Two astronauts of International Space Station, who started the momentous spacewalking on 6th January 2016, have successfully completed the replacement of second battery of the station on Friday, 13th January 2016. After the first battery replacement on last Friday, 6th January 2017, this is the second and last operation of the spacewalk mission.
Two ISS astronauts, Shane Kimbrough and Thomas Pesquet, on this Friday, successfully accomplished a hassle-free 5 hours and 58 minutes spacewalk, during which, they replaced the complex battery of ISS. The multifaceted battery, located on the right side of ISS’s solar power successfully restored by the duo of astronauts, leaving enough time for the astronomers to conduct some other lower-priority “get-ahead” tasks.
The replacement of the second of two programmed battery, the spacewalkers marked the successful upgrade of the power system of the International Space Station’s (ISS). During the spacewalk, the astronomers accomplished the replacement procedure of 12 nickel-hydrogen batteries with new high-end lithium-ion units. The spacewalking duo gets ahead with a faster approach and ended up accomplishing all the proposed tasks before the timeline. Moreover, they also get enough time to complete rest of the assigned get-ahead tasks.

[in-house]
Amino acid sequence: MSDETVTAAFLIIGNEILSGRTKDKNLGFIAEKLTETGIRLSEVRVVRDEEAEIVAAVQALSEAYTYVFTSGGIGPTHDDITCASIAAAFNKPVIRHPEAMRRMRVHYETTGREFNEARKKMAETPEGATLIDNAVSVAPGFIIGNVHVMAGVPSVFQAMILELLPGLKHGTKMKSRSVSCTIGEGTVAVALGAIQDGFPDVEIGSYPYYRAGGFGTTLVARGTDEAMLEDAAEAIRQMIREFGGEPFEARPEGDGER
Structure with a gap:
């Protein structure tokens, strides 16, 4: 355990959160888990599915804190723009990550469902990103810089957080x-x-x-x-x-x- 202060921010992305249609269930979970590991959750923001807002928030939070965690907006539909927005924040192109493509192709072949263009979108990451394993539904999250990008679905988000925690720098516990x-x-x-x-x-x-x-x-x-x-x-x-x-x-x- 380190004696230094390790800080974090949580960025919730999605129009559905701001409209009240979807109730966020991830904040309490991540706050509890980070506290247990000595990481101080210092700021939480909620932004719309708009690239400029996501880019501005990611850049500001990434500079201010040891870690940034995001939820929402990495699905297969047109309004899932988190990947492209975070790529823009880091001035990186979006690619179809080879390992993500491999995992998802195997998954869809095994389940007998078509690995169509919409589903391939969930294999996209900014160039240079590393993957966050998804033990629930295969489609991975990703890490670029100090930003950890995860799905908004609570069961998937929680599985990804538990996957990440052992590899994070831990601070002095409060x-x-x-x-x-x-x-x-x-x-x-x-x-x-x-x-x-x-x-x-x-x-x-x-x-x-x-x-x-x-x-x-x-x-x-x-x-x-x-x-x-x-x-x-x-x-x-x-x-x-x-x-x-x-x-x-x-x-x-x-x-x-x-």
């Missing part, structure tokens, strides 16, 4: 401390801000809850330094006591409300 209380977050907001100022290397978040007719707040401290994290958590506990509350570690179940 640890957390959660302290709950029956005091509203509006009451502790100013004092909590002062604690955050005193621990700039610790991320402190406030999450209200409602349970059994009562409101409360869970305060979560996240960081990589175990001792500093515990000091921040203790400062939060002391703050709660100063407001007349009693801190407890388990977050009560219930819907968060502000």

The exchange of the spacesuit with the battery power by the Expedition 50 Commander and NASA’s veteran astronaut Shane Kimbrough with Flight Engineer and European Space Agency cosmonaut, Thomas Pesquet took place at 6:22 a.m. EST (11:22 GMT), which marked the official initiation of Extravehicular Activity (EVA) 39. Not long after that, the astronaut pair stepped outside the Quest airlock to kick off their six-hour-long spacewalk.
Shane Kimbrough was the lead spacewalker of the mission EV-1 and dressed in the suit having red stripes. Similarly, Thomas Pesquet was the lead for EV-2 and wore the spacesuit with no stripes. The main assignment for this EVA operation was to install the concluding battery adapter plates on the starboard 4 (S4) tie up section where the 1A power conduit of the space station is positioned. The 109-meter or 356-foot long tether is stuffed with eight large Solar Array Wings, each of which adhered to a power conduit with triplet threads of batteries.